It’s that time of year when we cast an eye back over the past year (probably in a vain attempt to try to predict what the New Year will bring), reflecting on important developments in global affairs–including those affecting international copyright. Last year I wrote a similar blog and it is always instructive to look back at what seemed important a year ago, and then see how things actually developed.
A year ago I was talking about how Theresa May had triggered the Brexit exit clause, Article 50, and how the NAFTA re-negotiations were just getting underway. I also noted that 2017 was the year that the Trans-Pacific Partnership (TPP) had been re-invented as the TPP-11 (i.e. the twelve TPP countries minus the United States, which withdrew when Donald Trump took office). While all these agreements had implications going well beyond copyright issues, copyright was nevertheless very much part of the mix. There were a number of other issues that I flagged as well, such as the legal judgement in the Access Copyright case in Canada, Copibec’s suit against Laval University and the announced start of Canada’s Copyright Act review process. I also noted that further copyright review would be taking place in Australia further to the government’s response to the report of the Productivity Commission on intellectual property. So what has happened on these files over the past 12 months, and what has been the impact on copyright?
Well, first to Brexit. At the time of writing the outcome is changing almost daily, with the only consistent theme being that the process is an absolute shambles. It cannot even be excluded that there will be a second referendum and that Brexit won’t happen, which would certainly be a boon for the British economy and simplify things all round. As I wrote back in August of this year, copyright is one of the less complex Brexit issues that Britain will face after Departure Day, March 29, 2019, but there will be impacts, especially on international broadcasters who uplink their signal from Britain for diffusion to other EU states. These broadcasters will no longer have the ability to clear the rights for their broadcasts in the UK with validity for the whole EU, and this may lead to pressures to locate to other EU capitals.
As for NAFTA, or the USMCA as it has been labelled by Donald Trump—although Canada prefers to call it the CUSMA–it was finally concluded on September 30 and has now been signed by the leaders of the US, Canada and Mexico (on November 30, 2018 at the G20 meeting in Buenos Aires). Now it must be ratified by the legislatures of all three countries, where Democratic control of the House of Representatives in Washington could complicate matters. In the area of copyright, for Canada the new NAFTA restored some of the IP provisions of the original TPP that the remaining eleven parties had suspended once the US left that Agreement. This includes extending the term of copyright protection for most works to a term of life of the author plus 70 years, up from the previous term of life plus 50 years.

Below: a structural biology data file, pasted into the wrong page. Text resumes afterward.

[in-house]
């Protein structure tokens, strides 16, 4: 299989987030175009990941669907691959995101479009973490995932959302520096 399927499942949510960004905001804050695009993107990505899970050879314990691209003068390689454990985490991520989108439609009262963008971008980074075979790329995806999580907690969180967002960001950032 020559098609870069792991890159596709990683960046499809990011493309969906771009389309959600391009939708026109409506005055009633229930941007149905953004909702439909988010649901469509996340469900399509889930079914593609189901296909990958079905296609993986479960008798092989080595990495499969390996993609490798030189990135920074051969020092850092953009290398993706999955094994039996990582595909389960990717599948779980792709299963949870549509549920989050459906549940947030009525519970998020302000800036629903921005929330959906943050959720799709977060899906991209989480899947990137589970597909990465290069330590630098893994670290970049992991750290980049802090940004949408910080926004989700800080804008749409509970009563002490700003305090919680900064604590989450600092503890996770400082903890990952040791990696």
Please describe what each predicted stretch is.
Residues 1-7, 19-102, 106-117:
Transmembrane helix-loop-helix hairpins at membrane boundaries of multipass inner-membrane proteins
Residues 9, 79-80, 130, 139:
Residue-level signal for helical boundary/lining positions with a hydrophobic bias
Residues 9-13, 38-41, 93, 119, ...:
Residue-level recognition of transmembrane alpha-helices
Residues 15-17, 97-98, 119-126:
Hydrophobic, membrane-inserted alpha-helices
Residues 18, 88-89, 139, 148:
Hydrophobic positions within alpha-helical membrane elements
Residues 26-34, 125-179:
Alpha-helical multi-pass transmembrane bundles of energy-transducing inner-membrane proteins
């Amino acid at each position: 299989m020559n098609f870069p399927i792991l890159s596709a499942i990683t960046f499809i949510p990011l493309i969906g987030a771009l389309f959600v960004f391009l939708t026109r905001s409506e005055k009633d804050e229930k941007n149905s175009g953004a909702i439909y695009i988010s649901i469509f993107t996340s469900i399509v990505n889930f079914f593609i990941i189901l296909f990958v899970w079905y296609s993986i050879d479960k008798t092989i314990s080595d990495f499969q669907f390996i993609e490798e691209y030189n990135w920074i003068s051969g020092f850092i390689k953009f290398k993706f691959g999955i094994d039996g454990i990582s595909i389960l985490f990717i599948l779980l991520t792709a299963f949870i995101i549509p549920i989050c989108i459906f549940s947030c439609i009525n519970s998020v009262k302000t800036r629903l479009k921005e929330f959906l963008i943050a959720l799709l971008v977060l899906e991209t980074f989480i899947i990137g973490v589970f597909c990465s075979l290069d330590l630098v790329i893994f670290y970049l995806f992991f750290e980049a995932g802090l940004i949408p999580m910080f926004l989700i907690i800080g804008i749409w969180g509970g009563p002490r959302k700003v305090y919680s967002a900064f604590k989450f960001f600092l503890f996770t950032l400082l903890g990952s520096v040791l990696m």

With regard to the TPP, now known as the Comprehensive and Progressive Trans-Pacific Partnership (CPTPP), it was concluded early in 2018, signed in March, ratified by six of the eleven partners by the end of October (Japan, Singapore, Mexico, New Zealand, Australia and Canada) and will come into effect in those countries on December 30, 2018. (Vietnam, which ratified in November, will accede to the Agreement two weeks later, in mid-January 2019). The suspended IP provisions, one of which was a commitment to a term of copyright protection of life of the author plus 70 years, were not restored but as a result of its commitment to the TPP text, New Zealand has acceded to and ratified the WIPO Internet Treaties, a requirement that was not suspended. The ratification of the WPPT (World Performances and Phonograms Treaty) will result in positive changes for performers in New Zealand who will now enjoy economic and moral rights similar to those traditionally accorded composers and recording companies, and will additionally have rights to control commercial exploitation of their recordings such as copying, issuing to the public, and communicating to the public through broadcasts.
In Canada, the Copyright Act review process is well underway, with the Parliamentary Committee conducting the review having heard from over 200 witnesses and received over a hundred briefs at last count. One of the big issues under review is the question of the fair dealing education exception introduced in the last round of copyright review in 2012. Book publishers and the publishers’ collective, Access Copyright, put a large part of the blame for a precipitous decline in revenues on this new exception, particularly since universities in Canada have refused to renew their Access Copyright licences as a result. This refusal was the subject of a major court case between Access Copyright and York University (which was in effect the proxy for all the universities that had opted out of the Access Copyright licence) in 2017, litigation that was favourable to Access Copyright although York has appealed the decision. However, a similar process in Quebec between the Quebec publishing collective Copibec, and Laval University, has just been settled, with Laval agreeing to sign the collective licensing agreement applicable to Quebec universities. An important victory for Copibec and for rights-holders.